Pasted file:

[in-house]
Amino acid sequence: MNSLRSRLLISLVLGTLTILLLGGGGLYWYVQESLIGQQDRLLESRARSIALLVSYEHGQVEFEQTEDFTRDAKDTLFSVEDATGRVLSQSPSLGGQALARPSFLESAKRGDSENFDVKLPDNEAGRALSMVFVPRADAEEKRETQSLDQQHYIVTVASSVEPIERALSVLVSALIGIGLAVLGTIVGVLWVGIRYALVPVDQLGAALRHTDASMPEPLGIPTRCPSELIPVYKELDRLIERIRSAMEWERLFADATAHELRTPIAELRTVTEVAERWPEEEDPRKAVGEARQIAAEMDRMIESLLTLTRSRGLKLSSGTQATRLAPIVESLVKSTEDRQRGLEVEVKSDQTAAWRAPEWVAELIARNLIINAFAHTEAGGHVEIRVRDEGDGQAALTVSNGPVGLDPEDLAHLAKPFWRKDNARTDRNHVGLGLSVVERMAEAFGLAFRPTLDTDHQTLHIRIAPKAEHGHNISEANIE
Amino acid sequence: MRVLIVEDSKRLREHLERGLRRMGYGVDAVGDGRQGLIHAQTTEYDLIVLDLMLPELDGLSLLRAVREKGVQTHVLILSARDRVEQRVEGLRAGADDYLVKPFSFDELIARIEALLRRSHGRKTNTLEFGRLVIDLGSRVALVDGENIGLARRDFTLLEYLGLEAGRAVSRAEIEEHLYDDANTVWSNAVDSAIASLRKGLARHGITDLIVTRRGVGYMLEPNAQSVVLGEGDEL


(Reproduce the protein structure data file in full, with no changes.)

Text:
[in-house]
Amino acid sequence: MNSLRSRLLISLVLGTLTILLLGGGGLYWYVQESLIGQQDRLLESRARSIALLVSYEHGQVEFEQTEDFTRDAKDTLFSVEDATGRVLSQSPSLGGQALARPSFLESAKRGDSENFDVKLPDNEAGRALSMVFVPRADAEEKRETQSLDQQHYIVTVASSVEPIERALSVLVSALIGIGLAVLGTIVGVLWVGIRYALVPVDQLGAALRHTDASMPEPLGIPTRCPSELIPVYKELDRLIERIRSAMEWERLFADATAHELRTPIAELRTVTEVAERWPEEEDPRKAVGEARQIAAEMDRMIESLLTLTRSRGLKLSSGTQATRLAPIVESLVKSTEDRQRGLEVEVKSDQTAAWRAPEWVAELIARNLIINAFAHTEAGGHVEIRVRDEGDGQAALTVSNGPVGLDPEDLAHLAKPFWRKDNARTDRNHVGLGLSVVERMAEAFGLAFRPTLDTDHQTLHIRIAPKAEHGHNISEANIE
Amino acid sequence: MRVLIVEDSKRLREHLERGLRRMGYGVDAVGDGRQGLIHAQTTEYDLIVLDLMLPELDGLSLLRAVREKGVQTHVLILSARDRVEQRVEGLRAGADDYLVKPFSFDELIARIEALLRRSHGRKTNTLEFGRLVIDLGSRVALVDGENIGLARRDFTLLEYLGLEAGRAVSRAEIEEHLYDDANTVWSNAVDSAIASLRKGLARHGITDLIVTRRGVGYMLEPNAQSVVLGEGDEL